The Institute for Employment Studies (IES) estimated that employment has fallen by around 1.5 to two million during the first month of the crisis. The loss is on top of people who have been furloughed under the Government’s scheme.
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And it is double the drop in employment during the last recession.
Unemployment has increased to at least 2.5 million, or 7.5 percent of the workforce.
The IES has urged the Government to set up a “Cobra for jobs” to deal with the impact of coronavirus on employment.
IES director Tony Wilson said: “We recommend that government brings together a ‘Cobra’ for jobs, to work together on designing, co-ordinating and mobilising this response, and convening a wide range of partners including government departments and agencies, local government, sector bodies, trusts and foundations and key stakeholders.
Up to two million Brits have already lost their jobs amid the coronavirus crisis (Image: GETTY)
“The proposals will help to ensure that as the economy recovers we can keep people attached to work, help them find better work, and minimise the ‘scars’ from being out of work.
“With a cost of around £4.7 billion over the next three years, the evidence from previous programmes tells us that this investment would more than pay for itself in the future, while the evidence from previous recessions tells us that the costs of inaction would be far higher.”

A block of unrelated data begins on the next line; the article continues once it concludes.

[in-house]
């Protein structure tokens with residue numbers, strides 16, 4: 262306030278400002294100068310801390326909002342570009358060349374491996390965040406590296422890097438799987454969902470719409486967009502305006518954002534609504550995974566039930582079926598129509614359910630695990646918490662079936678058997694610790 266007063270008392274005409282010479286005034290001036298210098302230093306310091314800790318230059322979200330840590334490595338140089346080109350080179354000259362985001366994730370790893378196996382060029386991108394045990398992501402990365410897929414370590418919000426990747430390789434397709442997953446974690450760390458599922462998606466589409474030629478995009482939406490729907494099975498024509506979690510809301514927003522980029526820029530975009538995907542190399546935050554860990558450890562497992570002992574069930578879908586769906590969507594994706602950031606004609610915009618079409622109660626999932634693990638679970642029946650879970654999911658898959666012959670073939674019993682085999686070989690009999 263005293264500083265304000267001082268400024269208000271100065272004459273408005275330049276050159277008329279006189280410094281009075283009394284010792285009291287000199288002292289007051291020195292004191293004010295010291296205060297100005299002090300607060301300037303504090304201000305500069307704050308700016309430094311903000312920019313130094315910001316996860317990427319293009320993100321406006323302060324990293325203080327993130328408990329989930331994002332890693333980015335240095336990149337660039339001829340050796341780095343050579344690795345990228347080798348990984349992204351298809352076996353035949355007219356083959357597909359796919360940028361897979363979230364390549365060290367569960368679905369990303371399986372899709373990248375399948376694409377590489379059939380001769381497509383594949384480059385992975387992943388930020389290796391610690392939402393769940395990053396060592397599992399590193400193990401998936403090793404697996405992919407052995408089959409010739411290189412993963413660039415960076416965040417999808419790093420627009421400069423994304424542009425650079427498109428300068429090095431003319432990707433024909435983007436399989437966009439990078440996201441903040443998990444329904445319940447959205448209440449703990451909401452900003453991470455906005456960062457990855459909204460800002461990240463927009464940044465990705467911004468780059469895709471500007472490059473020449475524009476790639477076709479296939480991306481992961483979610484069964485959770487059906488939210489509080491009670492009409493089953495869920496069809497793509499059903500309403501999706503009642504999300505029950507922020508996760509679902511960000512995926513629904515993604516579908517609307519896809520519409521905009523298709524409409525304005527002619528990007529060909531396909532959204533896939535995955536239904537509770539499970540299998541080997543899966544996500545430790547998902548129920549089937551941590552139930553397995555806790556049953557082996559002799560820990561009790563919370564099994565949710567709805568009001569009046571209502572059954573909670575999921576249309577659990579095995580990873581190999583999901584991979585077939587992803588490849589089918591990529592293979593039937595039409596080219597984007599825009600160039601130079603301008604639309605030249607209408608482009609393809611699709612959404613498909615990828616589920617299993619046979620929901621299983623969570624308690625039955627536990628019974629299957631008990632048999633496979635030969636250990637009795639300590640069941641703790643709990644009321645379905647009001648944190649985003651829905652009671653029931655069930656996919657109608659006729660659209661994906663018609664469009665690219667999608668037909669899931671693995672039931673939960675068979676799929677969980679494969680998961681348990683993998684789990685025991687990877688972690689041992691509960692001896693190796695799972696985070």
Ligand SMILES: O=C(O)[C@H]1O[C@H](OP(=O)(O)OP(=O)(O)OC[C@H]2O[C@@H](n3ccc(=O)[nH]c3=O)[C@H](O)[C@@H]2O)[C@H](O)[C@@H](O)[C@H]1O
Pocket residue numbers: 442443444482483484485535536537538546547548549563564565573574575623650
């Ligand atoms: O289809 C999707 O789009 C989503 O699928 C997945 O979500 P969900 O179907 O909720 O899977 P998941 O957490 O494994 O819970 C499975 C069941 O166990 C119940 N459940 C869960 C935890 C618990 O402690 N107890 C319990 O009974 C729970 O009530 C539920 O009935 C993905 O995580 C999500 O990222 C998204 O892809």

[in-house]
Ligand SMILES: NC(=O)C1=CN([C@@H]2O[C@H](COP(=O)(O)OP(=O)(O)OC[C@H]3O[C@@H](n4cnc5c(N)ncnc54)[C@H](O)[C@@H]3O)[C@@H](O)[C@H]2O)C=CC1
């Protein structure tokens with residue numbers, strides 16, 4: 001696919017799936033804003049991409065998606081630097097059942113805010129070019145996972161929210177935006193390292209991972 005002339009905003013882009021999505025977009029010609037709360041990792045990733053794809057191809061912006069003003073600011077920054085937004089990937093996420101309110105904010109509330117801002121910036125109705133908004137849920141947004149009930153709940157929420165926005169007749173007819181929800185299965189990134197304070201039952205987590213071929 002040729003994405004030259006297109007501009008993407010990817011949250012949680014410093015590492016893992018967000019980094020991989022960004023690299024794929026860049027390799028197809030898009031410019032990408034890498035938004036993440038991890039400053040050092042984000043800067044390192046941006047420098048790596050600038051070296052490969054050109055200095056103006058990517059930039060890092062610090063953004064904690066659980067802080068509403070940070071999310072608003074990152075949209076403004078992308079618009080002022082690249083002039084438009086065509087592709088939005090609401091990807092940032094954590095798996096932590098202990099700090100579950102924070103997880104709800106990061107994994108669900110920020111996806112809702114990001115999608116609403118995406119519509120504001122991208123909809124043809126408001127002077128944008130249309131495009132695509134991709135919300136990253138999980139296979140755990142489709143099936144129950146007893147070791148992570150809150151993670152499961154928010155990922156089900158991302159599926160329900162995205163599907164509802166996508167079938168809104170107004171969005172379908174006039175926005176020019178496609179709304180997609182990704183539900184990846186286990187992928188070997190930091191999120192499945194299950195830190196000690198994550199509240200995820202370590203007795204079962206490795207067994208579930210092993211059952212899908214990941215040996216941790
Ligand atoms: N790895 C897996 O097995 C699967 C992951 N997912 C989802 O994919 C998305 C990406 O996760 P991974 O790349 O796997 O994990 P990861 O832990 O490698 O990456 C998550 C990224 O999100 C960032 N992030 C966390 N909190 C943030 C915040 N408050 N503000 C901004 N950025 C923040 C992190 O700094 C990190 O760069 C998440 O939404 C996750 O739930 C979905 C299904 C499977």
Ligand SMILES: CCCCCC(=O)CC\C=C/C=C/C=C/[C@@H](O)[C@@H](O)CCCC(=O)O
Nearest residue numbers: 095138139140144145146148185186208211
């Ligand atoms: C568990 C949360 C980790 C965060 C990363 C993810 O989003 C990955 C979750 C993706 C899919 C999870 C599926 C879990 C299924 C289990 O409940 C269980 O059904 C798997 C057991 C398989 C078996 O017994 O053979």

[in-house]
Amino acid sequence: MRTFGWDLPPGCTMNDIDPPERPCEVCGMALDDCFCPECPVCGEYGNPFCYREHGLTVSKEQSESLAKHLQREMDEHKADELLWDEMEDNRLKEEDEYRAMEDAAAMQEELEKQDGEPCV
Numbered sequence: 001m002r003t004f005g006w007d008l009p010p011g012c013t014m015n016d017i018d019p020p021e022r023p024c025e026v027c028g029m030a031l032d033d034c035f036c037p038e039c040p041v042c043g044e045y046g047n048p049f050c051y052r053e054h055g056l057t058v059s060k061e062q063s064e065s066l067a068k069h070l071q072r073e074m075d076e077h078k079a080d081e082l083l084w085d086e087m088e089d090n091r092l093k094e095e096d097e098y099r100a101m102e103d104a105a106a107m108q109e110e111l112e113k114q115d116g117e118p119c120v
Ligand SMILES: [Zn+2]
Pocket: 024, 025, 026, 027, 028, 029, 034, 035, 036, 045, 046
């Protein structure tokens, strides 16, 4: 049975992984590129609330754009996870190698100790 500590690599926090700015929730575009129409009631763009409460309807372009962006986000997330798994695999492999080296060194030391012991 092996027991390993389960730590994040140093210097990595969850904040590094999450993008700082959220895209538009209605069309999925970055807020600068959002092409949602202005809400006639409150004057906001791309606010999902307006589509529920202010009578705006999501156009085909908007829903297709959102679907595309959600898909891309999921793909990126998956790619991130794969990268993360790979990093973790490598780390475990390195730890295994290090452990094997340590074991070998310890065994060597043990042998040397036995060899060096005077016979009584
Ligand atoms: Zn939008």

The IES added it could take years for the labour market to fully recover.
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The loss is on top of people who have been furloughed under the Government’s scheme (Image: PA)
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It comes as a think tank has said the Government’s plan to cover 80 percent of the salary of furloughed workers could cost up to £40billion in just three months.
The Resolution Foundation analysed new data from the British Chambers of Commerce (BCC) which showed that more businesses than first thought would furlough staff.
Torsten Bell, chief executive of the Resolution Foundation, said: “The cost of the scheme depends on firms’ take-up and the length of time workers need to be furloughed for.
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“But with recent surveys implying that at least a third of the private sector workforce could be paid through the scheme, it is likely to cost as much as £30 billion to £40 billion over three months.”
Mr Bell added that while it was expensive, the social cost of millions going unemployed without the Government guarantee would be “far, far greater”.
The BCC found that one fifth of companies who responded are now planning to furlough all their staff, up from 17 percent in the last survey.
And 37 percent of respondent said they will furlough between 75 percent and 100 percent of their workforce in the coming week.
Speaking on Wednesday, Chancellor Rishi Sunak said: “We have not put out a specific projection or an estimate of the take-up of that scheme.
“We did that so that people were not laid off, they were not unemployed, they had a good income to get them through this, and they remain attached to their company and their employer.
“If it ends up being significantly used I will view that as a success if it means that we get through this and then can bounce back quickly.”
It comes as there have been 65,077 confirmed cases of coronavirus in the UK, with the death toll at 7,978.